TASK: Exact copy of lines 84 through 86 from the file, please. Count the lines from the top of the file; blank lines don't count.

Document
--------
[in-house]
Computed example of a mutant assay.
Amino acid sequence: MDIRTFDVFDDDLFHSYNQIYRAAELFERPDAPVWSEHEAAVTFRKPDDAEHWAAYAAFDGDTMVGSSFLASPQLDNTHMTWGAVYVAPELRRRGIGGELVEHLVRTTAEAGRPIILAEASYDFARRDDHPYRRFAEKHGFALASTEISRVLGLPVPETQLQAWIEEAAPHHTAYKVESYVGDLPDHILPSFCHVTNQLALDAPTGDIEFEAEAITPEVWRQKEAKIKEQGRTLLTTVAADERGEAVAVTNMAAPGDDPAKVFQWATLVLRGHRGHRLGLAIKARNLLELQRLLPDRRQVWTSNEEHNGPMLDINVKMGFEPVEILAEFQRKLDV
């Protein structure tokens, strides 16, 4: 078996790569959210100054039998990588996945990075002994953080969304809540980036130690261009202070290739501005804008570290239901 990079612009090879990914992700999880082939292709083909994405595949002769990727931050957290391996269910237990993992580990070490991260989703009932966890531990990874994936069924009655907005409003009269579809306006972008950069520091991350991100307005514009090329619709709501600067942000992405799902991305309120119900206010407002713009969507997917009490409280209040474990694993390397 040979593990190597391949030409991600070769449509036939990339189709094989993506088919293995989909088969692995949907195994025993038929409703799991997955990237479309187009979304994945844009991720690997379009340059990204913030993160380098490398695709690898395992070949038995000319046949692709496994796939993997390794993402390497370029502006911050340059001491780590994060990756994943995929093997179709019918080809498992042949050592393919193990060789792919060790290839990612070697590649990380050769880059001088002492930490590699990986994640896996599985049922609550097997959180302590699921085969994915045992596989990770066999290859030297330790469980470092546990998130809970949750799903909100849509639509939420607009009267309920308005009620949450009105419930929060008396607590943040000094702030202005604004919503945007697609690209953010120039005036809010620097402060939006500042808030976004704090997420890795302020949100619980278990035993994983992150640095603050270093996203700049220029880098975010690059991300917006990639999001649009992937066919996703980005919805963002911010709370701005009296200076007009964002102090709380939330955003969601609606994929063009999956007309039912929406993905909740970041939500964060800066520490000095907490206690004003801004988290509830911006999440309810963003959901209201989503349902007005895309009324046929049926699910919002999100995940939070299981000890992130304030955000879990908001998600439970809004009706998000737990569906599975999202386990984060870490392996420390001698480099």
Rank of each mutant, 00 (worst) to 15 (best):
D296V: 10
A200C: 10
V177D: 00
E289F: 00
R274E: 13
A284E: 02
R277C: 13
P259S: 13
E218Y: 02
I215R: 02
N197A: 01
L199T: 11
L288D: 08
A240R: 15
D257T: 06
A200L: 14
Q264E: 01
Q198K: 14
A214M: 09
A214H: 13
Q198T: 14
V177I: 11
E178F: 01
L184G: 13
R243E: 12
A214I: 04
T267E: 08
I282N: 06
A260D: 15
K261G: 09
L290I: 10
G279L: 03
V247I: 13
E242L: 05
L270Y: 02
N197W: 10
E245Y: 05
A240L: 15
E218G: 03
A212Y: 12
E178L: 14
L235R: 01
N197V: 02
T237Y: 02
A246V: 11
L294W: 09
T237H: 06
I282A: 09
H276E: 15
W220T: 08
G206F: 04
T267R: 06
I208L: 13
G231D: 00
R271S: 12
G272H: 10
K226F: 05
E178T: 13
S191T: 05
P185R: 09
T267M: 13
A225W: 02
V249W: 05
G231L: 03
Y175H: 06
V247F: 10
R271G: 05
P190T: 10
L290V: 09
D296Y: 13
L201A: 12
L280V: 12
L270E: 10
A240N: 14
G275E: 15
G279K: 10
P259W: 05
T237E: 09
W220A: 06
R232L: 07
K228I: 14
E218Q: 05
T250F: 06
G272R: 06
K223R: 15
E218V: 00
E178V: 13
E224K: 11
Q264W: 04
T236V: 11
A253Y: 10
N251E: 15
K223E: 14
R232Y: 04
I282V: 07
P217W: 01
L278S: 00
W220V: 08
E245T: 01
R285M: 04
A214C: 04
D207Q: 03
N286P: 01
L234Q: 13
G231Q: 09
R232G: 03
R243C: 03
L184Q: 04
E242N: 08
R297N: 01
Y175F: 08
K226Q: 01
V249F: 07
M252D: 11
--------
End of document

W220A: 06
R232L: 07
K228I: 14